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The TRACE Macro

Visual Studio 6.0

This topic explains how to use the TRACE macro during development to print or display debugging messages from a program. TRACE prints a string argument to your debugger.

Note   With 32-bit MFC, the only way to get debug output is via the debugger.

The TRACE macro can handle a variable number of arguments, similar to the way printf operates. Following are examples of different ways to use TRACE macros:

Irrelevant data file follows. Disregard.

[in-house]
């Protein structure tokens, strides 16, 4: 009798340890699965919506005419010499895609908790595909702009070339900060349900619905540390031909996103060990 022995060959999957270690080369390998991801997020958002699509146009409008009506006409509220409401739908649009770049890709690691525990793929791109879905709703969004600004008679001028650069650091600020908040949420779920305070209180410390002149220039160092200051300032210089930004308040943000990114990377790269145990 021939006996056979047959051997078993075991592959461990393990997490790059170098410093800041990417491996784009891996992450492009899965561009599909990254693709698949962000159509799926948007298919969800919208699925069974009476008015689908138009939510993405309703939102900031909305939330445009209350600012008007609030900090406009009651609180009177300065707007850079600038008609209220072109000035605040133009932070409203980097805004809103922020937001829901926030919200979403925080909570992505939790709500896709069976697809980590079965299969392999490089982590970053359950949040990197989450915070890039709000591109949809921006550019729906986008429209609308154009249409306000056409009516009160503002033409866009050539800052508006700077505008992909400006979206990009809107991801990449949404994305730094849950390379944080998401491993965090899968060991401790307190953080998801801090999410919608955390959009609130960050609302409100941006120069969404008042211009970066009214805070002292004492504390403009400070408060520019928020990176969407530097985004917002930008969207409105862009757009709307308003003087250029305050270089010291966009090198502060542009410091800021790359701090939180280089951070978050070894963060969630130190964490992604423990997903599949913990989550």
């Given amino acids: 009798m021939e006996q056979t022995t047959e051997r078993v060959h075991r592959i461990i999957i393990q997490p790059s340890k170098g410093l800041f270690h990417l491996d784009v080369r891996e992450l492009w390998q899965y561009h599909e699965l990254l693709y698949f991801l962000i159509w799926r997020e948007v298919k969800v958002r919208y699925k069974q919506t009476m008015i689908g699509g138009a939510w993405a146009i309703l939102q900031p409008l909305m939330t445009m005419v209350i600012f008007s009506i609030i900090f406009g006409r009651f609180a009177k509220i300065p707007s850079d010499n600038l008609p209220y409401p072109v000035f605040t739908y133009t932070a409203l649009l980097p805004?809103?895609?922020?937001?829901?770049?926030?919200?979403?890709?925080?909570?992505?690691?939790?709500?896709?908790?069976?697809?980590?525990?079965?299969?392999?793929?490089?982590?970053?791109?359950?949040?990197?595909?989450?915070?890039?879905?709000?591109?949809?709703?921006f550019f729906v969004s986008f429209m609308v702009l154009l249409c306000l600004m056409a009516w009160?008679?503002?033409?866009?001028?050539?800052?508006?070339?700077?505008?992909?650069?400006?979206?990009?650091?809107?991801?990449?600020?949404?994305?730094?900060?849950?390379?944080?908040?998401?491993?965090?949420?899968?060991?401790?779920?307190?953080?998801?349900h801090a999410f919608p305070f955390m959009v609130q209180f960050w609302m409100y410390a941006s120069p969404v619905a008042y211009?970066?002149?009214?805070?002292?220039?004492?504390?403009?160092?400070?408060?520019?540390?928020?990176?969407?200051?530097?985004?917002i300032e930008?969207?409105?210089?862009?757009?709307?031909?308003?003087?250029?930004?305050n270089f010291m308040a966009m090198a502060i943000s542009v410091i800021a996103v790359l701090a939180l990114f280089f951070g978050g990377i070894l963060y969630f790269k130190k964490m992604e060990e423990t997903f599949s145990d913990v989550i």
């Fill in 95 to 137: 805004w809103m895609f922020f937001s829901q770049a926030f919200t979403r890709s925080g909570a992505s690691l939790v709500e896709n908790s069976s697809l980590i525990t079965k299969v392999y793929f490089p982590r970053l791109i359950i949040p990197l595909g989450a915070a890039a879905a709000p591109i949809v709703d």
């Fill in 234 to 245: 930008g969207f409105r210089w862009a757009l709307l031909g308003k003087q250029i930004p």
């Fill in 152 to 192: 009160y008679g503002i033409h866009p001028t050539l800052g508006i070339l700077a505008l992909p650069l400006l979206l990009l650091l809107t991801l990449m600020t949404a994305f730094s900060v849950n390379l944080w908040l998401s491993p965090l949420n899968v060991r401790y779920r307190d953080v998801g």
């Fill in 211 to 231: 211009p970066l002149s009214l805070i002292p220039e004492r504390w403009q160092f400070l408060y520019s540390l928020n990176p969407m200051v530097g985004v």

int x = 1;
int y = 16;
float z = 32.0;
TRACE( "This is a TRACE statement\n" );

TRACE( "The value of x is %d\n", x );

TRACE( "x = %d and y = %d\n", x, y );

TRACE( "x = %d and y = %x and z = %f\n", x, y, z );

The TRACE macro is active only in the debug version of the class library. After a program has been debugged, you can build a release version to deactivate all TRACE calls in the program.

Tip   When debugging Unicode, the TRACE0, TRACE1, TRACE2, and TRACE3 macros are easier to use because the _T macro is not needed.

For important information on the TRACE macro, see in the Class Library Reference and .

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